INTOUCH : Kiwis tops in corporate ethics

New Zealand has ranked number one in the world for auditing, corporate ethics and shareholder protection in Global Competitiveness Report, recently released by the World Economic Forum.
In the survey of 113 indicators of competitiveness, New Zealand advanced four places overall to number 20 on the list of 113 nations and it was the only nation to improve its score on the previous year.
It’s the second global survey in which the local business environment has ranked highly – it was recently rated as the second easiest country in which to do business in World Bank Survey, notes NZ Institute of Chartered Accountants’ director, government relations Steven Bailey. That we made the top 20 in the WEF report is, he says, “reflection of the professionalism and leadership of our business community”.
Out of the 113 indicators, New Zealand maintained or improved its ranking in 85, ranking second overall on the efficiency of corporate boards, fifth on public institutions and first on private institutions. Overall, the environment was seen as conducive to business, supported by efficient goods and labour markets, and was ranked third for the soundest financial systems in the world.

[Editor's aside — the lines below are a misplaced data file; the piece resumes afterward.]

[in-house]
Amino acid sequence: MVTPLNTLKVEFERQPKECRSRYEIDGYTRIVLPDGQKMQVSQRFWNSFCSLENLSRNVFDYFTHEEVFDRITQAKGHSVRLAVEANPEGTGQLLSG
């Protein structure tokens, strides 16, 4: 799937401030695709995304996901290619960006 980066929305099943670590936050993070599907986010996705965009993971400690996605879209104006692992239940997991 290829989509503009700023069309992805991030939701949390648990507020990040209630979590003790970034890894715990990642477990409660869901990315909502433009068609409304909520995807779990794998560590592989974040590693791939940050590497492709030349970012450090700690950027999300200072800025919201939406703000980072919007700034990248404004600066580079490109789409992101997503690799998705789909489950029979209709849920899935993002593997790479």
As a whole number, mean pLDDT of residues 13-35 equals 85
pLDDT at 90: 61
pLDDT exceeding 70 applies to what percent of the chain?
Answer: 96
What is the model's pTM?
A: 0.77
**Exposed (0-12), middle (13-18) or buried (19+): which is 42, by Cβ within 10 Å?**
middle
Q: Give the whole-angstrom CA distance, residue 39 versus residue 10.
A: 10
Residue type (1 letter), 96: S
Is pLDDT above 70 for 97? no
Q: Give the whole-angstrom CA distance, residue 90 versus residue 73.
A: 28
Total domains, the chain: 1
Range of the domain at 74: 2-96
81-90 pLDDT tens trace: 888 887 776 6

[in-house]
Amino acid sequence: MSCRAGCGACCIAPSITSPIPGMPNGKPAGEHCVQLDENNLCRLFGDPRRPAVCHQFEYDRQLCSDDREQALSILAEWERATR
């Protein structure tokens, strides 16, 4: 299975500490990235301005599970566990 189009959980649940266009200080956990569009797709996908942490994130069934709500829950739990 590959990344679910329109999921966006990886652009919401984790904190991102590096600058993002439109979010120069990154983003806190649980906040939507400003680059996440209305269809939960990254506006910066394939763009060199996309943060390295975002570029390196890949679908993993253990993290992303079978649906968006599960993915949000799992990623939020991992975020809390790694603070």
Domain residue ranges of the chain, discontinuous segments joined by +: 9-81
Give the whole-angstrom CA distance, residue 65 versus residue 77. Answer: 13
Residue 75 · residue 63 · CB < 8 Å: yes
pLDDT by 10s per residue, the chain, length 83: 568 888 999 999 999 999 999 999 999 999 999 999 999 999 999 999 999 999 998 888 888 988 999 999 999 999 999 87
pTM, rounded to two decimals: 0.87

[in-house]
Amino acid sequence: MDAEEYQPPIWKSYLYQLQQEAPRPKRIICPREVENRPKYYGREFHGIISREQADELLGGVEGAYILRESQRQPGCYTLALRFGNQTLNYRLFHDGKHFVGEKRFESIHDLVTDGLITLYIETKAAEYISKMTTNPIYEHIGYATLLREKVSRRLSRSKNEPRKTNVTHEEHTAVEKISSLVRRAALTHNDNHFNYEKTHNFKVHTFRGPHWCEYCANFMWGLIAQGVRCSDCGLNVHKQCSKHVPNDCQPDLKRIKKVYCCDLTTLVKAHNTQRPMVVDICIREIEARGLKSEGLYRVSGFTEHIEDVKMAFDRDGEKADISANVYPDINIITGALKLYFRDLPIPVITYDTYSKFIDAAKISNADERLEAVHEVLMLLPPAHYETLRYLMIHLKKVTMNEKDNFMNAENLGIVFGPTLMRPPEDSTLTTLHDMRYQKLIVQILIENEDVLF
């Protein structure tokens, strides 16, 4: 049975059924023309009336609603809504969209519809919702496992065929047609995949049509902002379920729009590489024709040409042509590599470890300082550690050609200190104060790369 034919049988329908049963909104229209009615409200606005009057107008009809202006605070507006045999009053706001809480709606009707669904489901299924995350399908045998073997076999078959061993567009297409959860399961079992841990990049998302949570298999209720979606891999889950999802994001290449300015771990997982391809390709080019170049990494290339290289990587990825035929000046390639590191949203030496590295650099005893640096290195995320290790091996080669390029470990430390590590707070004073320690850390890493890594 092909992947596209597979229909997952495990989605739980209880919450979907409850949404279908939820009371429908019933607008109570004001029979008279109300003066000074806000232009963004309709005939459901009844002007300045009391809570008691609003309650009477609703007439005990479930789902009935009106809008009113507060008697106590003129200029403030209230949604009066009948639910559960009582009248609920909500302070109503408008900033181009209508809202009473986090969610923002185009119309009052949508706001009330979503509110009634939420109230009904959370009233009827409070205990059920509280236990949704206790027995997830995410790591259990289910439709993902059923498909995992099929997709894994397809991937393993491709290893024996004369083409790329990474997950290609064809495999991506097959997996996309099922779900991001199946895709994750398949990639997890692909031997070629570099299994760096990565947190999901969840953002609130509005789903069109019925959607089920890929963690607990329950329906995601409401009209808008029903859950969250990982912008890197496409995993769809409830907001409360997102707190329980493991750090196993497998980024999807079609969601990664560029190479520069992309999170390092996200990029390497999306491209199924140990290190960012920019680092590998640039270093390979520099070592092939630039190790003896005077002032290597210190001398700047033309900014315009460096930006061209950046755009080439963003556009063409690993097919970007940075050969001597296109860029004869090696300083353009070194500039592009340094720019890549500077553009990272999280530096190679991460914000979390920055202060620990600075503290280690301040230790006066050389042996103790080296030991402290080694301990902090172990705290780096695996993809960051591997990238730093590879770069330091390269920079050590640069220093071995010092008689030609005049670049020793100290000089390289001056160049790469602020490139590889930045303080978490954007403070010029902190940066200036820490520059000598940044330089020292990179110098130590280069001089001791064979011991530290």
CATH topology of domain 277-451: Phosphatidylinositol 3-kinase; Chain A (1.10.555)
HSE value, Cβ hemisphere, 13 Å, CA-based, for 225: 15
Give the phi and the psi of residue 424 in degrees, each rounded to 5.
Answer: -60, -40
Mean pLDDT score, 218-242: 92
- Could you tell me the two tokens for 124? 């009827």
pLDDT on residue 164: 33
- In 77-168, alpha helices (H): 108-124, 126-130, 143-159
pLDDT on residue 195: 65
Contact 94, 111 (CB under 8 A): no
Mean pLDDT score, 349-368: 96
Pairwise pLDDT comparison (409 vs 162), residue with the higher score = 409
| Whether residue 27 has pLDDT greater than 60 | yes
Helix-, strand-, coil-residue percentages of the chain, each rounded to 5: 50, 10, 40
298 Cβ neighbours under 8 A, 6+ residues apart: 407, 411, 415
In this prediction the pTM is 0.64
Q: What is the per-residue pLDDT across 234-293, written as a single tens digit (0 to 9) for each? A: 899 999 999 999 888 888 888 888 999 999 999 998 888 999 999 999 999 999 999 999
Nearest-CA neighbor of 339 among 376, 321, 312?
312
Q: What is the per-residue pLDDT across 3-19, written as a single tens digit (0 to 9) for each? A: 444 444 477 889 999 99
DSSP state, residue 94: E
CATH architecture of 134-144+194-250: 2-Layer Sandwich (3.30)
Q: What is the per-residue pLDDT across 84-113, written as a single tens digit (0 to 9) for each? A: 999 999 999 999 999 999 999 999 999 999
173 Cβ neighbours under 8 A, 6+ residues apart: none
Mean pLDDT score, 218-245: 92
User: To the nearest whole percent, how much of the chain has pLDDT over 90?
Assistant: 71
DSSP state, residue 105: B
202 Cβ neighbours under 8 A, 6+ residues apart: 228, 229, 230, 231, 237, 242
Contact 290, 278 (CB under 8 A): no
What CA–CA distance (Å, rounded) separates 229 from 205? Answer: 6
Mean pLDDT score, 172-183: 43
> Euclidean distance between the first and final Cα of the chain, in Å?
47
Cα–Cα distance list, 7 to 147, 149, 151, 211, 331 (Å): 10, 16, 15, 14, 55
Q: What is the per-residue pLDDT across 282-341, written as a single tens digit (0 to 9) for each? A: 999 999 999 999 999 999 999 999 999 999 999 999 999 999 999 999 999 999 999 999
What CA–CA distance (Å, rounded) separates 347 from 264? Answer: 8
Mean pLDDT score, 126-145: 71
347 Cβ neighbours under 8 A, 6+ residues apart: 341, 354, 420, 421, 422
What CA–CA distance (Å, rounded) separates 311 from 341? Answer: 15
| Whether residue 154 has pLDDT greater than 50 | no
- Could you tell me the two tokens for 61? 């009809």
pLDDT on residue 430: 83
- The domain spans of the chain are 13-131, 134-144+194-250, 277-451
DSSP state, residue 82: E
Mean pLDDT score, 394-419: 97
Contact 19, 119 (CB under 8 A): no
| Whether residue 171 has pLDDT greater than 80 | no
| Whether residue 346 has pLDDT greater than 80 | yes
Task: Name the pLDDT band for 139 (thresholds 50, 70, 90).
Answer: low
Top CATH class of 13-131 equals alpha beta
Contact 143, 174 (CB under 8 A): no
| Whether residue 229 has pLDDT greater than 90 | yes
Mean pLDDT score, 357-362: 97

However, the country falls short in such areas as the extent and effect of our taxation and in an infrastructure in need of upgrading, says Bailey.
“The report signals to the Government our strengths and weaknesses compared to other countries… There are number of initiatives the Government needs to put in place to maintain our reputation, attract investment and implement reform in the small business environment, particularly with taxation issues.”
New Zealand was second only to Singapore in the World Bank Survey – ranking we’ve enjoyed for the fourth year in row. The top 10 also included Hong Kong, the US, the UK, Denmark, Ireland, Canada, Australia and Norway – the same countries that featured last year.
The survey ranks 183 countries based on 10 indicators that measure the time and cost of government requirements in starting, operating and closing business, trading across borders and paying taxes.
In other words, New Zealand is good place to do business – “the political environment is relatively stable, property rights are well protected, contracts enforced, and corruption in government is not an issue investors need be concerned with”, says Bailey.
However, he adds the report also needs to be examined in wider context given the bulk of Kiwi businesses employ five or fewer people, whereas the survey is based on organisations employing 60 or more, so doesn’t reflect the compliance costs faced by many small businesses.

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